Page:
In a statement to the General Assembly by Ambassador Jean-Maurice Ripert:
France supports expansion of the Council in the two categories of members, permanent and non-permanent. …
Consideration should be given to the emergence of new powers who have the willingness and capacity to assume significant responsibilities.
Not creating new permanent seats would enlarge the gap between the composition of the Security Council and the reality of the contemporary world.
Those able to make a significant contribution (politically, financially, or militarily) to the United Nations’ maintenance of international peace and security should be able to fully utilize their capacities with a mandate corresponding to their size (demographically, economically and politically).
The relationship between the permanent members and the non-permanent members is an essential factor to the efficiency of the Council: the permanent members ensure continuity in the Council’s work. Imbalance between the two categories of members could have negative effects on the Council’s efficiency.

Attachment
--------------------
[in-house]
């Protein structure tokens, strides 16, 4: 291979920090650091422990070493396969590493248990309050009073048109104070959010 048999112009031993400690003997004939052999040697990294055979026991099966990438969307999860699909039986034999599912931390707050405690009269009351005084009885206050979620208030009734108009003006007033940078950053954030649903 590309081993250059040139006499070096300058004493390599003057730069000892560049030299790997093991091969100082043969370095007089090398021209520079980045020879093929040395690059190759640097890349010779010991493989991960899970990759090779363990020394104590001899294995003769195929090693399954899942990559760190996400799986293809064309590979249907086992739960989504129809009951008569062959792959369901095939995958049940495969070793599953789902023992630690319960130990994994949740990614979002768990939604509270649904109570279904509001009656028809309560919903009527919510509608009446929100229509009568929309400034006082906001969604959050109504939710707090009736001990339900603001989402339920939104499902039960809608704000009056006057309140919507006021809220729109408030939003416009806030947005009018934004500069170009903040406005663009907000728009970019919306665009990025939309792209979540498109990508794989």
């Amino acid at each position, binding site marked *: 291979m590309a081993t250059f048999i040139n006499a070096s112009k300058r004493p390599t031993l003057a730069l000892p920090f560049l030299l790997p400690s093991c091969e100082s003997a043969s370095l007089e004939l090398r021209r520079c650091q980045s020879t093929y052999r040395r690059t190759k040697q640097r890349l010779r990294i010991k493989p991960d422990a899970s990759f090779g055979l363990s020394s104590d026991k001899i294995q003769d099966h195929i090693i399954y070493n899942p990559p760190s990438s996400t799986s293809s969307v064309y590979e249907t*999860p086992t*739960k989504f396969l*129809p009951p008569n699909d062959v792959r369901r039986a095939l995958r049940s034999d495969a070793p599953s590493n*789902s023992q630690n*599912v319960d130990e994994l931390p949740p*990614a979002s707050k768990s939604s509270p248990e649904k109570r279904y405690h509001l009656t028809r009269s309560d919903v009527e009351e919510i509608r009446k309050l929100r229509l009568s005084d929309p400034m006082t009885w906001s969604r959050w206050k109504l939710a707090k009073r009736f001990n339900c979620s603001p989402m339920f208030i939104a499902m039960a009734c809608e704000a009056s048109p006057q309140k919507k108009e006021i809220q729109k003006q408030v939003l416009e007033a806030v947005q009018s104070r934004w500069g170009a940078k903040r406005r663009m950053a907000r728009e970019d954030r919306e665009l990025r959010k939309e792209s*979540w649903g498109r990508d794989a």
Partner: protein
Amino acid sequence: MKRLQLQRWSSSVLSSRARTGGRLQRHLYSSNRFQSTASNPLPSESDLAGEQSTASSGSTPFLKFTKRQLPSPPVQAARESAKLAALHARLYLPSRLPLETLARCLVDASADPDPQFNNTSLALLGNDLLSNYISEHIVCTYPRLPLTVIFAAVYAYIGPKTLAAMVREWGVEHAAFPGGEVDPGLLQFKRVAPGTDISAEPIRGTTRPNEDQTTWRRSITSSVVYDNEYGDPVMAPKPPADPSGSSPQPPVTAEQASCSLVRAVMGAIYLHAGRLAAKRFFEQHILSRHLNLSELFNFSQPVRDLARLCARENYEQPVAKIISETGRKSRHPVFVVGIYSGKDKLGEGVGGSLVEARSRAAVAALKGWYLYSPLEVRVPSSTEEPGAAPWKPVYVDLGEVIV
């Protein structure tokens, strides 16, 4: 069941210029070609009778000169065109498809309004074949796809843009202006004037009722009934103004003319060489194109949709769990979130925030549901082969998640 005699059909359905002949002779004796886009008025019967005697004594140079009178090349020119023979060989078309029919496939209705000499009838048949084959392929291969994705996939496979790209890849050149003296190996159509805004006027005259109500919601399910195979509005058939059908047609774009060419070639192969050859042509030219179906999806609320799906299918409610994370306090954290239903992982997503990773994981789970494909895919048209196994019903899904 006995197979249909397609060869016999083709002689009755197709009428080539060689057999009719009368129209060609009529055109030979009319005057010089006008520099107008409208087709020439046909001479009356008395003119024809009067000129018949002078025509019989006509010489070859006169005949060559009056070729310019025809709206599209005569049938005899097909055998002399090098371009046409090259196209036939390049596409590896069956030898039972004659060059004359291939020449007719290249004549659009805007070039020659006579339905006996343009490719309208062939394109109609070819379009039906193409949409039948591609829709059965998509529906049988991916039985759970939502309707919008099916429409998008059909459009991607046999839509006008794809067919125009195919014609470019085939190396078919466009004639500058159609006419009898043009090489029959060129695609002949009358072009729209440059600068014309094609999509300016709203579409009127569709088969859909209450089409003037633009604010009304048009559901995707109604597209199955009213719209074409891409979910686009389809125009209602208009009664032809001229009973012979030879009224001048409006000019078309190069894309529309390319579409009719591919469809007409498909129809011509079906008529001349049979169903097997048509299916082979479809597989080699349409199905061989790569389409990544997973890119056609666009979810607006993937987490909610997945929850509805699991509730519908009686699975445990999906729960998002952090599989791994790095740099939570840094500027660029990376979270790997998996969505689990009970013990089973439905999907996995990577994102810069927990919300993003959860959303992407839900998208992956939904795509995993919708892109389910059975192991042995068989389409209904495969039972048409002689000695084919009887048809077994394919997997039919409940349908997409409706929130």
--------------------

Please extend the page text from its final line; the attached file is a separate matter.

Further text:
In the case of an expanded Security Council, we support the accession to permanent membership of Germany, Brazil, India, Japan, and Africa. This also raises the question of including an Arab country among the permanent members of the Security Council.
France and the UK support the option of an intermediate reform that would temporarily provide for seats with terms longer than two years and immediately renewable. At the end of this initial phase (that could last 15 to 20 years), a review conference should evaluate the impact of the reform and the necessity of completing the first phase of reform.
France supports granting the G4 and Africa permanent membership and the British-French proposal of intermediate reform, which would last 15 to 20 years, that would provide seats with immediately renewable terms longer than two years. This also raises the question of including an Arab country among the permanent members of the Security Council.